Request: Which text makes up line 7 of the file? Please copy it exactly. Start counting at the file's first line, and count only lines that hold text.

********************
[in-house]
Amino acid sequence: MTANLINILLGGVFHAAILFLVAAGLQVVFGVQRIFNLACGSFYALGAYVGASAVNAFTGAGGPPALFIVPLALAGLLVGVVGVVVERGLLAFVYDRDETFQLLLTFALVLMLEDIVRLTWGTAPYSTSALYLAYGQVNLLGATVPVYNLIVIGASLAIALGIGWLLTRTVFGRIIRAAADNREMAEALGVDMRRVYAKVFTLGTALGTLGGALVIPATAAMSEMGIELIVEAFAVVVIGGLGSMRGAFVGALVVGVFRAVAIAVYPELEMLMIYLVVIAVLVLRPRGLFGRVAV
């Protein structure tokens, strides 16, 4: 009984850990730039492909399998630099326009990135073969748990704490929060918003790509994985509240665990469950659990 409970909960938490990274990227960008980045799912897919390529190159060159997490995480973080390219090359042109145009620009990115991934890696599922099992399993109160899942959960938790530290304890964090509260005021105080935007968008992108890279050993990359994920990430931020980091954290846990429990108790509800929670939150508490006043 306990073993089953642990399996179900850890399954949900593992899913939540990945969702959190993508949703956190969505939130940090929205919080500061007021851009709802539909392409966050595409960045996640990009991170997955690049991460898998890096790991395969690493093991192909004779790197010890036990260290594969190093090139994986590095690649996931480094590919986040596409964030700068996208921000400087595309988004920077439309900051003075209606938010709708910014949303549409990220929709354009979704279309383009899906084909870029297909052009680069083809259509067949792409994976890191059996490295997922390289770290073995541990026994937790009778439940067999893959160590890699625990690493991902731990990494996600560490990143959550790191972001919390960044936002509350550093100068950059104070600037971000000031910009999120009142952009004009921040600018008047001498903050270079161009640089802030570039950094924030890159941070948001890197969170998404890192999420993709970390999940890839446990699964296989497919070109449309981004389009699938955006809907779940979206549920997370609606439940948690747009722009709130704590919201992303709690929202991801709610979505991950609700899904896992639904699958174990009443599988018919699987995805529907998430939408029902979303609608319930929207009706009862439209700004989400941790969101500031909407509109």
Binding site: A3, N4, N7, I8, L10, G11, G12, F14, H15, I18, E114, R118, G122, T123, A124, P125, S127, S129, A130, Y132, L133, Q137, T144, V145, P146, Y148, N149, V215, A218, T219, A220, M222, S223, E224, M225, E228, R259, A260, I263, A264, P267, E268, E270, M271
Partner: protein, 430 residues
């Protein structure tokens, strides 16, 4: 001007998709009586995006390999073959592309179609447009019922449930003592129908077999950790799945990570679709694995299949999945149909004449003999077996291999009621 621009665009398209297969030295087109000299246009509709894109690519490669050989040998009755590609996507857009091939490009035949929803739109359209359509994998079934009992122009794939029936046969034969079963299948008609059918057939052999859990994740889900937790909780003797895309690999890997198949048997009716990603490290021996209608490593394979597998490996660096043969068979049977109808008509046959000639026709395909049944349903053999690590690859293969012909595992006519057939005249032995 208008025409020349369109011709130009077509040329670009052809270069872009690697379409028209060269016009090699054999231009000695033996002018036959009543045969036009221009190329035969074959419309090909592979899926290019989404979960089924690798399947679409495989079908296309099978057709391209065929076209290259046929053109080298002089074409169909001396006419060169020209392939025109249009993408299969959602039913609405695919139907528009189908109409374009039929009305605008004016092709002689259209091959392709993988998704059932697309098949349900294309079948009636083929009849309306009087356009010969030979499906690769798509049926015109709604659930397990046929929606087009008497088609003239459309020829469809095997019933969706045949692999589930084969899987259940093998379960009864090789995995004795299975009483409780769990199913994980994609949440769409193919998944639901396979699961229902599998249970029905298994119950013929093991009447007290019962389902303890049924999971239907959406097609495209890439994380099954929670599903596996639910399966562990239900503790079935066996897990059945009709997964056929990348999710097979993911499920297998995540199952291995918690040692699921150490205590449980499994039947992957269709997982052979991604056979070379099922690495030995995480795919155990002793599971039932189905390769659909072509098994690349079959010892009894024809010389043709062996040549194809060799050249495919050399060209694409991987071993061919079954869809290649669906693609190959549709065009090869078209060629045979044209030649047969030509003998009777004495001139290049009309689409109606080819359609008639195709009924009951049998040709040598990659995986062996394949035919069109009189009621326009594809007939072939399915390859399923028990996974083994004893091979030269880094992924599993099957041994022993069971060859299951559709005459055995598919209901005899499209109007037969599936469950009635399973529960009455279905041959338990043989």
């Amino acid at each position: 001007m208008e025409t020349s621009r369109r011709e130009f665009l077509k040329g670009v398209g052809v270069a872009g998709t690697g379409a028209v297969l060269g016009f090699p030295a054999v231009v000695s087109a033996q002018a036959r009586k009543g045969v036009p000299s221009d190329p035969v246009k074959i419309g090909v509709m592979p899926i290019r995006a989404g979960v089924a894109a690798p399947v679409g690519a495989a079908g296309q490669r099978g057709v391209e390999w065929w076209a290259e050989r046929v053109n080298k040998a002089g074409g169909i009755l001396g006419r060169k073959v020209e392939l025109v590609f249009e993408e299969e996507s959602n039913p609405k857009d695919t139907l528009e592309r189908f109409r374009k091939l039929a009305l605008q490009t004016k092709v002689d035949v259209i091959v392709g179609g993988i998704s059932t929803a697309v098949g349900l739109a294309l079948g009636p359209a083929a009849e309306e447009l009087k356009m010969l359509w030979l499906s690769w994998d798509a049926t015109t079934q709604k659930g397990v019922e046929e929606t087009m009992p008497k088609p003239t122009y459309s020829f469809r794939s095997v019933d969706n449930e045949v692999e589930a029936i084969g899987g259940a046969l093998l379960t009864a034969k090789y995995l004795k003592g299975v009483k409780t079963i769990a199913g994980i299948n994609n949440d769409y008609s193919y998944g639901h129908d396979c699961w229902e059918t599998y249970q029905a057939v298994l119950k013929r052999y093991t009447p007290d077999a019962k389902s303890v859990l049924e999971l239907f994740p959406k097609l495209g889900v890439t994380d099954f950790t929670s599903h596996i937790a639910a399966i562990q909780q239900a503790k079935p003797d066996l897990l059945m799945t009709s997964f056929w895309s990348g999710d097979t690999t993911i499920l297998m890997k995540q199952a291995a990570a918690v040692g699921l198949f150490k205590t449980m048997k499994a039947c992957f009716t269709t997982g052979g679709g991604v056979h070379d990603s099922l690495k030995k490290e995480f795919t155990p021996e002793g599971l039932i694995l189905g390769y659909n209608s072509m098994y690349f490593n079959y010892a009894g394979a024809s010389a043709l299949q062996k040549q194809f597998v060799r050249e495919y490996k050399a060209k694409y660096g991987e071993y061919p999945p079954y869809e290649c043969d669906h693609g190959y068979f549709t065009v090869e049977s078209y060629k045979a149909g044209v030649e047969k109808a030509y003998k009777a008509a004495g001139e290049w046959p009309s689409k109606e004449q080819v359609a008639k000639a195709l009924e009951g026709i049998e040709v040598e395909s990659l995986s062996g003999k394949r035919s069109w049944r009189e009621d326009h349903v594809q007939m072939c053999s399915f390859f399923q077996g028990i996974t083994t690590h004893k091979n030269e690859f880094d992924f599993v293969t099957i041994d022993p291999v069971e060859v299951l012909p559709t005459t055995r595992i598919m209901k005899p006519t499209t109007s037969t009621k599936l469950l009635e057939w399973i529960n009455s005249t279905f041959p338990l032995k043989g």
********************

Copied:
């Amino acid at each position: 001007m208008e025409t020349s621009r369109r011709e130009f665009l077509k040329g670009v398209g052809v270069a872009g998709t690697g379409a028209v297969l060269g016009f090699p030295a054999v231009v000695s087109a033996q002018a036959r009586k009543g045969v036009p000299s221009d190329p035969v246009k074959i419309g090909v509709m592979p899926i290019r995006a989404g979960v089924a894109a690798p399947v679409g690519a495989a079908g296309q490669r099978g057709v391209e390999w065929w076209a290259e050989r046929v053109n080298k040998a002089g074409g169909i009755l001396g006419r060169k073959v020209e392939l025109v590609f249009e993408e299969e996507s959602n039913p609405k857009d695919t139907l528009e592309r189908f109409r374009k091939l039929a009305l605008q490009t004016k092709v002689d035949v259209i091959v392709g179609g993988i998704s059932t929803a697309v098949g349900l739109a294309l079948g009636p359209a083929a009849e309306e447009l009087k356009m010969l359509w030979l499906s690769w994998d798509a049926t015109t079934q709604k659930g397990v019922e046929e929606t087009m009992p008497k088609p003239t122009y459309s020829f469809r794939s095997v019933d969706n449930e045949v692999e589930a029936i084969g899987g259940a046969l093998l379960t009864a034969k090789y995995l004795k003592g299975v009483k409780t079963i769990a199913g994980i299948n994609n949440d769409y008609s193919y998944g639901h129908d396979c699961w229902e059918t599998y249970q029905a057939v298994l119950k013929r052999y093991t009447p007290d077999a019962k389902s303890v859990l049924e999971l239907f994740p959406k097609l495209g889900v890439t994380d099954f950790t929670s599903h596996i937790a639910a399966i562990q909780q239900a503790k079935p003797d066996l897990l059945m799945t009709s997964f056929w895309s990348g999710d097979t690999t993911i499920l297998m890997k995540q199952a291995a990570a918690v040692g699921l198949f150490k205590t449980m048997k499994a039947c992957f009716t269709t997982g052979g679709g991604v056979h070379d990603s099922l690495k030995k490290e995480f795919t155990p021996e002793g599971l039932i694995l189905g390769y659909n209608s072509m098994y690349f490593n079959y010892a009894g394979a024809s010389a043709l299949q062996k040549q194809f597998v060799r050249e495919y490996k050399a060209k694409y660096g991987e071993y061919p999945p079954y869809e290649c043969d669906h693609g190959y068979f549709t065009v090869e049977s078209y060629k045979a149909g044209v030649e047969k109808a030509y003998k009777a008509a004495g001139e290049w046959p009309s689409k109606e004449q080819v359609a008639k000639a195709l009924e009951g026709i049998e040709v040598e395909s990659l995986s062996g003999k394949r035919s069109w049944r009189e009621d326009h349903v594809q007939m072939c053999s399915f390859f399923q077996g028990i996974t083994t690590h004893k091979n030269e690859f880094d992924f599993v293969t099957i041994d022993p291999v069971e060859v299951l012909p559709t005459t055995r595992i598919m209901k005899p006519t499209t109007s037969t009621k599936l469950l009635e057939w399973i529960n009455s005249t279905f041959p338990l032995k043989g």